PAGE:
One For The Money

One For The Money operates under the notion that its main character is likeable. Unfortunately, she’s not. She’s the type of impulsive woman that runs over ex-lovers with her car and runs over the audience’s good will with her bumbling and selfish approach to life. As the subject of nearly twenty best-selling Janet Evanovich novels, Stephanie Plum obviously has many positive qualities that make her extremely readable, but this adaptation of One For The Money doesn’t take any time to show us those redeeming characteristics. The first time we meet her, the car she can’t afford is being repossessed, she's sassing her well-intentioned parents and making an absolute mess of her life. The events that follow do very little to change that first impression; so, instead of rooting for an assertive heroine trying to learn the ropes of a new profession, we’re annoyed at a pushy woman who should have gotten a job doing anything else.

On the surface, we’re presented with the rather simple story of a woman (Katherine Heigl) who, thanks to money problems, must track down a former lover named Joe Morelli (Jason O’Mara) in order to make fifty thousand dollars. It should be the sort of thing that draws out the quirkiness of its characters, but the specifics of how that apprehension happens are embroiled in an incredibly complicated and long-winded mystery. There’s a hooker (Sherri Shepherd), a boxer (Gavin-Keith Umeh), another bounty hunter (Daniel Sunjata), a handler (John Leguizamo), some cops, some informants and a gun-toting grandmother (Debbie Reynolds). At just over an hour and forty-five minutes, One For The Money can’t accommodate all of those characters and let its heroine’s personality slowly come out. Ultimately, it chooses its plot over character development, which would still be fine if it had an adequate mystery.

It doesn’t--the only real mystery is how Stephanie Plum doesn’t wind up dead. Her bounty hunting skills are embarrassing, she routinely shows up places without a plan, she has no idea what she’s looking for, and her gun gets stolen like clockwork. Because we’re exclusively given her perspective, there’s no way to figure anything out ourselves either. We’re trapped looking at the case through her eyes, making amateur audience sleuthing impossible. Not that Sherlock Holmes could have figured this one out-- new henchmen, suspects and witnesses show up without warning, characters act without motivations, and there’s very little logic to the whole thing. All the dots are connected at the end in one of those villain-pours-his-heart-out moments, but the right answer is so out of left field there’s no point in even mentally rehashing to discern if clues were missed.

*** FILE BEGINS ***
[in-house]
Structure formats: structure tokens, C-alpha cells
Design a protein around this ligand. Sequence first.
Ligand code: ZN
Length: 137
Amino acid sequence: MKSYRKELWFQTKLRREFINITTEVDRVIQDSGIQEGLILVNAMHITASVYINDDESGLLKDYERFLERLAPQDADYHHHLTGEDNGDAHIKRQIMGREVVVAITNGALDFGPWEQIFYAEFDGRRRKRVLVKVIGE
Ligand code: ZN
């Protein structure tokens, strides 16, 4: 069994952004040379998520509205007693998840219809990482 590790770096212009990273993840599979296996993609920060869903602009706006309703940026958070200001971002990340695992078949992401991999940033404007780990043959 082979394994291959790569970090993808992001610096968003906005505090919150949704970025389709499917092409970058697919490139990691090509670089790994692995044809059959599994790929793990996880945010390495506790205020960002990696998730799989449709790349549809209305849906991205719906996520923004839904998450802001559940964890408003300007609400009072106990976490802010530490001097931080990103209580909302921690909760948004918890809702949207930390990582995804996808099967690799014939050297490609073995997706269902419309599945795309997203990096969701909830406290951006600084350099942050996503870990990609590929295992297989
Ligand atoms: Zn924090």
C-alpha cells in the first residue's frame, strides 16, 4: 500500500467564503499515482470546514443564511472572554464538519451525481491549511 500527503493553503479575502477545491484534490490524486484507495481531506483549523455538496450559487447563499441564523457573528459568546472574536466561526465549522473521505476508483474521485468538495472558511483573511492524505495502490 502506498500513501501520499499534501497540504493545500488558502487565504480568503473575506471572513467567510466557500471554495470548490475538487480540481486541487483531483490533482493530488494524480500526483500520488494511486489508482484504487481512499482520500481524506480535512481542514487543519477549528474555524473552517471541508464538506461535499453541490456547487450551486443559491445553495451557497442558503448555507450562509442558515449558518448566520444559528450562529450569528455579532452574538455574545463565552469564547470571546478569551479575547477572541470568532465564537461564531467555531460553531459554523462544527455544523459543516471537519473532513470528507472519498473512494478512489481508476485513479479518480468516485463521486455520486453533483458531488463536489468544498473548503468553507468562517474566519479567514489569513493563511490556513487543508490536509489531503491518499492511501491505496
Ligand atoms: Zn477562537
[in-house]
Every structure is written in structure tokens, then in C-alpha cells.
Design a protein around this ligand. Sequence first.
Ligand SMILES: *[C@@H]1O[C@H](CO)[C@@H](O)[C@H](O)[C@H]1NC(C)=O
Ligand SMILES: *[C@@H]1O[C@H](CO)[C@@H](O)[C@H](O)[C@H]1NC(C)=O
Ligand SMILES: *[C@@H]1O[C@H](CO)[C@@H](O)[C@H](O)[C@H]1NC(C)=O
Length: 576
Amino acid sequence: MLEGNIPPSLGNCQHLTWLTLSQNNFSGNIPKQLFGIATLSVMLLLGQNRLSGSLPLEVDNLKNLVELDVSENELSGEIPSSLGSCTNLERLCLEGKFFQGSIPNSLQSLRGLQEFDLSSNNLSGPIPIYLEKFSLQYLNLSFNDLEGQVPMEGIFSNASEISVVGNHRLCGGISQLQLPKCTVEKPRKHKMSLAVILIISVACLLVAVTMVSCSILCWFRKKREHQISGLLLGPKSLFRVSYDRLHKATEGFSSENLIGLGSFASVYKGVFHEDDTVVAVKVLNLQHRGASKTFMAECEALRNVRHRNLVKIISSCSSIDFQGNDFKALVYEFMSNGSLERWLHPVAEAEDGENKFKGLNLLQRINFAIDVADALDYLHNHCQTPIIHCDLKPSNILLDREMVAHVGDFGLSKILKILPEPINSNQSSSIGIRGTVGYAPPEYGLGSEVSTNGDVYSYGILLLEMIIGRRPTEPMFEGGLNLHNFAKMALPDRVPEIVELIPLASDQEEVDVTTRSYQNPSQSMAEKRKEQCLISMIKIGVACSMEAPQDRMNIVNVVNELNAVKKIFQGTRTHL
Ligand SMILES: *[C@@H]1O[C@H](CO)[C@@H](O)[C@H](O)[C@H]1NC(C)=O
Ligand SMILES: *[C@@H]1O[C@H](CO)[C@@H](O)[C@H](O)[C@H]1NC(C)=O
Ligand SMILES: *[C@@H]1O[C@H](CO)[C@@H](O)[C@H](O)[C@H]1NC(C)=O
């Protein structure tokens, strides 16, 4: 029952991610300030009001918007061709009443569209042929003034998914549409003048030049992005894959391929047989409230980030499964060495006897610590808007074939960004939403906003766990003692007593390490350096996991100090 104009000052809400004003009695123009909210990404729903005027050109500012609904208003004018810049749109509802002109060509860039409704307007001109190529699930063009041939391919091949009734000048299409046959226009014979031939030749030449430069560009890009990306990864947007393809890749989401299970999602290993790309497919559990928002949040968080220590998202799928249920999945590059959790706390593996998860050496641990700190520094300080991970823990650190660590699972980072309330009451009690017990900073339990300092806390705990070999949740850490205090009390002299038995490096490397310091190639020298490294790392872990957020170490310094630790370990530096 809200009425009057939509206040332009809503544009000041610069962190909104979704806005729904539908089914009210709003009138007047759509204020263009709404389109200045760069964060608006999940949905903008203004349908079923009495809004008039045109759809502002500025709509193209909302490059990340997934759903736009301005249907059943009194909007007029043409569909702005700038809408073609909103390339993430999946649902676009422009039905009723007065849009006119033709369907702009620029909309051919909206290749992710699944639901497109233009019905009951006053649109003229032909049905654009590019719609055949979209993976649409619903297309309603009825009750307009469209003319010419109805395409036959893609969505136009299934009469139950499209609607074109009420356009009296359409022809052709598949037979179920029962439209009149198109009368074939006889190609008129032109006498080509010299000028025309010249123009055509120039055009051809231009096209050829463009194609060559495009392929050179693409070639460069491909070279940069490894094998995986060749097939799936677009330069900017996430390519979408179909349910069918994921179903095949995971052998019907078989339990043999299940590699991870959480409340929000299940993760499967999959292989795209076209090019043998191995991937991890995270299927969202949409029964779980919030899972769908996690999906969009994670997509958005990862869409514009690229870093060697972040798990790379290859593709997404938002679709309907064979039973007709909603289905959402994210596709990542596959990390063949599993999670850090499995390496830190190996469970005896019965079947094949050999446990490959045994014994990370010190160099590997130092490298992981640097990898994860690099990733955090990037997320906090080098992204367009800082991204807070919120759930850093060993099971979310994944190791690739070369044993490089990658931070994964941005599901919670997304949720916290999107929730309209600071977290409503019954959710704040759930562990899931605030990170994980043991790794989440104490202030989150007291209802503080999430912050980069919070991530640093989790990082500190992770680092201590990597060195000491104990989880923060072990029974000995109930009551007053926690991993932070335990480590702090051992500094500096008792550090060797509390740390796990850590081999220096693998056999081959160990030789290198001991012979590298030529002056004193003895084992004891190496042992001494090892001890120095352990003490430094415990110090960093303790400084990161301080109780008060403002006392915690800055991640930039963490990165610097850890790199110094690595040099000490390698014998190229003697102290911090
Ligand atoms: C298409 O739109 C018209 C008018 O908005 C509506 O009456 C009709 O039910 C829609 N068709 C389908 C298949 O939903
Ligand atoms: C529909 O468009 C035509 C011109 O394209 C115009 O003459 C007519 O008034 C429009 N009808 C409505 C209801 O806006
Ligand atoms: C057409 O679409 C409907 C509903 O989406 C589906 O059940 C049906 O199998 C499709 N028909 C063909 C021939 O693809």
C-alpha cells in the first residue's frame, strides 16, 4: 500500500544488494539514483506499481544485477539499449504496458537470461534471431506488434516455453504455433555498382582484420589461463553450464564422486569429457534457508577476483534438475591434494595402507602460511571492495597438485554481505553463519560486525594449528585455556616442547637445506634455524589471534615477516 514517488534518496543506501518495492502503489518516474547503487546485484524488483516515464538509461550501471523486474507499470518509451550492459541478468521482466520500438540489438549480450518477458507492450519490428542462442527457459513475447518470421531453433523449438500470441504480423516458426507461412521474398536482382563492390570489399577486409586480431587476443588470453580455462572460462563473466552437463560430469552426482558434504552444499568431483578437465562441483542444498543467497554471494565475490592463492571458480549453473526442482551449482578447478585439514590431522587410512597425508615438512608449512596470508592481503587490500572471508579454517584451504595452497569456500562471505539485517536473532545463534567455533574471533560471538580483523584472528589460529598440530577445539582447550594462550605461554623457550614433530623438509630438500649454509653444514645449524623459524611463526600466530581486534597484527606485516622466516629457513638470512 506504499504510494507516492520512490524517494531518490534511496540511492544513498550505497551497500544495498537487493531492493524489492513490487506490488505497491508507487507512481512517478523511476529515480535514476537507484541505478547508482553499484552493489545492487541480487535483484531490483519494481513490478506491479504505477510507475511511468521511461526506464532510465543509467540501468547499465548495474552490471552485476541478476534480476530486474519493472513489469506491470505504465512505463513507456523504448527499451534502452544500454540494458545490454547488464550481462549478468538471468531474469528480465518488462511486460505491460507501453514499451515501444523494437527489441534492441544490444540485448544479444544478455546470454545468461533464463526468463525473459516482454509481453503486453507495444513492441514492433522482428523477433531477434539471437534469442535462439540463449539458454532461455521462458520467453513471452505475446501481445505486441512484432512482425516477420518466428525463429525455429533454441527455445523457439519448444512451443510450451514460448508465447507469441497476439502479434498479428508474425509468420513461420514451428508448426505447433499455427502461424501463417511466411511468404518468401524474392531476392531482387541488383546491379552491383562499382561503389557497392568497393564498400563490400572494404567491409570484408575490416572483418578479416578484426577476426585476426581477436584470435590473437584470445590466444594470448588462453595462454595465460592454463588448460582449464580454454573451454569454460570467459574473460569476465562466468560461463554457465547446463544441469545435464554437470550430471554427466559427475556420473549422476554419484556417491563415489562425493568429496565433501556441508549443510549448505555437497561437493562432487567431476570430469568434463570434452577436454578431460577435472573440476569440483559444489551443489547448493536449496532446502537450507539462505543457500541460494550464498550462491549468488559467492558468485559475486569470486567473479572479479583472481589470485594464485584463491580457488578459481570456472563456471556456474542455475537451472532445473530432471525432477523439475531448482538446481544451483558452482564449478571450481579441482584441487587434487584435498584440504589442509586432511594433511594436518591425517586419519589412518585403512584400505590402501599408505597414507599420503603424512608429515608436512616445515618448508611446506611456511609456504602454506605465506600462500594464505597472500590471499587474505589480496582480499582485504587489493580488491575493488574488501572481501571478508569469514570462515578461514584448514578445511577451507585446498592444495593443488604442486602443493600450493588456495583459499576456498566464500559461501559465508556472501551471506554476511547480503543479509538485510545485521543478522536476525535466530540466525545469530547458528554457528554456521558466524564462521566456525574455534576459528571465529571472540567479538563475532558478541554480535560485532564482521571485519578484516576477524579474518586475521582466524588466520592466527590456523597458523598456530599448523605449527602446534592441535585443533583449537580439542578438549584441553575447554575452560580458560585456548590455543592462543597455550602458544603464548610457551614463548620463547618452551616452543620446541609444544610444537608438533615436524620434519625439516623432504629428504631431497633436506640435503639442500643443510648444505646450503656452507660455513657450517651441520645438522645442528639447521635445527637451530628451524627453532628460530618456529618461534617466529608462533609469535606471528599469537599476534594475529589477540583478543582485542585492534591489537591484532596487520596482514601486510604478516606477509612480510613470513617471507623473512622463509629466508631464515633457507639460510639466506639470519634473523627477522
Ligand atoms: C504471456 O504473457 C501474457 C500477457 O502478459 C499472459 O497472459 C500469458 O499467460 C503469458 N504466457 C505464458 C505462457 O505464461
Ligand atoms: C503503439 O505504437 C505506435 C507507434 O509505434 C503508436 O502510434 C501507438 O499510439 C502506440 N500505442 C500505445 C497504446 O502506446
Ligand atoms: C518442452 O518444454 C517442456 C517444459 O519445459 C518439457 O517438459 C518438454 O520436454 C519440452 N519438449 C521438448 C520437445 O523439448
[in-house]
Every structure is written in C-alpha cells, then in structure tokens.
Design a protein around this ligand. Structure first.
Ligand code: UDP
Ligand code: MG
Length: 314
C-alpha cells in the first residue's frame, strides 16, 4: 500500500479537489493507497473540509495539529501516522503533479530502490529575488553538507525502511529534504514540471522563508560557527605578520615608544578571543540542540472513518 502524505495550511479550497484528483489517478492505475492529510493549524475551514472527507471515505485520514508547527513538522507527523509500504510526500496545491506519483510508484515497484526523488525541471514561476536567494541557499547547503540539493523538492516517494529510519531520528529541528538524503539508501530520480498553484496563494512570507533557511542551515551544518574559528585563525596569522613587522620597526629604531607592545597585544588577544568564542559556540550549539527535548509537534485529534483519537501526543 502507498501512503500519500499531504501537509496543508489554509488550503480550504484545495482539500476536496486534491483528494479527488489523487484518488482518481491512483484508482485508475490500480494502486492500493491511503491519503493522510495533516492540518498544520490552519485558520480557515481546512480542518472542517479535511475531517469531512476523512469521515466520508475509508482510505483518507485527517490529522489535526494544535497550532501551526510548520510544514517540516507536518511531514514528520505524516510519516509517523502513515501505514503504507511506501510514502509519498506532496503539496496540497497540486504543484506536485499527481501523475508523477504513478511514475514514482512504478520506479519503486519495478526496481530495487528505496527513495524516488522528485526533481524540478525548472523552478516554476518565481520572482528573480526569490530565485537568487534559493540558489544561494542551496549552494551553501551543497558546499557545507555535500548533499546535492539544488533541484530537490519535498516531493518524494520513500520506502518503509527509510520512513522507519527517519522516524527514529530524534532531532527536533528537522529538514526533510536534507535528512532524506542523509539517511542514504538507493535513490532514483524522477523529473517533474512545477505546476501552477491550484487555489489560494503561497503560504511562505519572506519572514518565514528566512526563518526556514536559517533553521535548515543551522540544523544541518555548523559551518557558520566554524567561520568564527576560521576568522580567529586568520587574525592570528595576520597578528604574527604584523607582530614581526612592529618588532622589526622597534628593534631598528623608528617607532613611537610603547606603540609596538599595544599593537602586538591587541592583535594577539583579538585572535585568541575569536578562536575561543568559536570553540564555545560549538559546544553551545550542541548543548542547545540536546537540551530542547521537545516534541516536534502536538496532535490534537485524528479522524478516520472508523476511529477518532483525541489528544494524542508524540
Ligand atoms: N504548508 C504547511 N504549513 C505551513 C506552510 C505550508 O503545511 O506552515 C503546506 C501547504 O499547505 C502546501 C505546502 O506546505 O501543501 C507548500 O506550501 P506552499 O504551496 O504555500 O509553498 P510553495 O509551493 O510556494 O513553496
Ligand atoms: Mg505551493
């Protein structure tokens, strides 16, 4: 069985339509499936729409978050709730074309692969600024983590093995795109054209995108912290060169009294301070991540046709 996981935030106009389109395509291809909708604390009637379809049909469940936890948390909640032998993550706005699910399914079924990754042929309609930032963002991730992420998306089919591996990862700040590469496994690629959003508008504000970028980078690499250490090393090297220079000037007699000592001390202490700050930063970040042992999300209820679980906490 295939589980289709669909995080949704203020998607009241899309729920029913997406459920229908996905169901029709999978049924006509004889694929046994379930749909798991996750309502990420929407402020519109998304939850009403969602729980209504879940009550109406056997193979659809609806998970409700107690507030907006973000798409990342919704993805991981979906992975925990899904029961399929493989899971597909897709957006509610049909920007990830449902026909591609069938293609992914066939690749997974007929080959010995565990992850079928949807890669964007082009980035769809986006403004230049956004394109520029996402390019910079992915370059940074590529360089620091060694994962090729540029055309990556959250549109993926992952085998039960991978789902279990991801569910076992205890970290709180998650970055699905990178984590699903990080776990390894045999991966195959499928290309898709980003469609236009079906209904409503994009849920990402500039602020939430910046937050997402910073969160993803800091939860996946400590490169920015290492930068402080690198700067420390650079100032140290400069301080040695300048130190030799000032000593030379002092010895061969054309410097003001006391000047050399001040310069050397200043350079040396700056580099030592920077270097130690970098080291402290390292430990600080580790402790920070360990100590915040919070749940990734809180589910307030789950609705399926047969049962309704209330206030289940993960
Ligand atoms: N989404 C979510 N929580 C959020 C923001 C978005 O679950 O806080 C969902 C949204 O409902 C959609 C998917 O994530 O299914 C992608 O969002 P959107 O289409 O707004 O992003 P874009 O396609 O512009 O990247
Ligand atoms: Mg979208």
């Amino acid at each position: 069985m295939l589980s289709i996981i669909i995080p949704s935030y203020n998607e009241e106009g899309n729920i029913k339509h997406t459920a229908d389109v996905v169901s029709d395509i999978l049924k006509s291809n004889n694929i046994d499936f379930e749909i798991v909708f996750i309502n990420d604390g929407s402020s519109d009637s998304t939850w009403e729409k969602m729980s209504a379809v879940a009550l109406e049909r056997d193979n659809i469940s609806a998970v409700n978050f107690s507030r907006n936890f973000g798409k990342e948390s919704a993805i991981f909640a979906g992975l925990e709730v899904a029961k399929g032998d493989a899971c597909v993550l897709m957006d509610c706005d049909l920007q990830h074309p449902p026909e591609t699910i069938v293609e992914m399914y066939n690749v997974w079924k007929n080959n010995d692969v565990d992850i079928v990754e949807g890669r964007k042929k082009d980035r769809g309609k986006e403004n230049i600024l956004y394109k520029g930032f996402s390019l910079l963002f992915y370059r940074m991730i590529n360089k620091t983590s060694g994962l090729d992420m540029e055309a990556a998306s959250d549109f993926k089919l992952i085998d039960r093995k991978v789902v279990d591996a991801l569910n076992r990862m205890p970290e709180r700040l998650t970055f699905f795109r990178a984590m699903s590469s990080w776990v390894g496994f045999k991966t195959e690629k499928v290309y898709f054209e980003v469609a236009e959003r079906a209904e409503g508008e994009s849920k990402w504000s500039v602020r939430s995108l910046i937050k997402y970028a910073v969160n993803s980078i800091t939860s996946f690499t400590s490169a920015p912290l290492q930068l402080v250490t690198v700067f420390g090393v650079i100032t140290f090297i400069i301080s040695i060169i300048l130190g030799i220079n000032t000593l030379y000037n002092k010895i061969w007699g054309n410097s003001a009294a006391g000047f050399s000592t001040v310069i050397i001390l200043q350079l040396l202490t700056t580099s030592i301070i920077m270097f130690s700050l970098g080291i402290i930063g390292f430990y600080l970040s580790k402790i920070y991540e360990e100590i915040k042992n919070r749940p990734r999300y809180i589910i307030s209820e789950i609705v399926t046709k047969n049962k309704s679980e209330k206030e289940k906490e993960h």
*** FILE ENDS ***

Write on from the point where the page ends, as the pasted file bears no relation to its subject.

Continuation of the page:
And it's too bad, because Katherine Heigl is actually good at playing the Stephanie Plum role. In fact, the whole cast is pretty spot on. Sherri Shepherd is entertaining as a prostitute who demands snacks in exchange for information, and there’s a nice little chemistry between Heigl and both O’Mara and Umeh. None of that matters though, because the material they’re given is so weak. Some of the lines of dialogue are brutal, and Stephanie’s trademark Jersey sass doesn’t really translate to the present. We live in a world where Snooki exists. As a woman who once sold lingerie in Newark, our main character should banter with lines a bit more aggressive than “We’re ancient history, like the pyramids, baby”.

One For The Money is a mess. It’s corny, bizarrely complicated and somehow noticeably worse than the Gerard Butler and Jennifer Aniston disaster The Bounty Hunter. Its main character has, as far as I can tell, no above-average personality traits and its mystery flat out sucks. Read the book, or better yet, watch Midnight Run.

Mack Rawden
Editor In Chief

Enthusiastic about Clue, case-of-the-week mysteries, the NBA and cookies at Disney World. Less enthusiastic about the pricing structure of cable, loud noises and Tuesdays.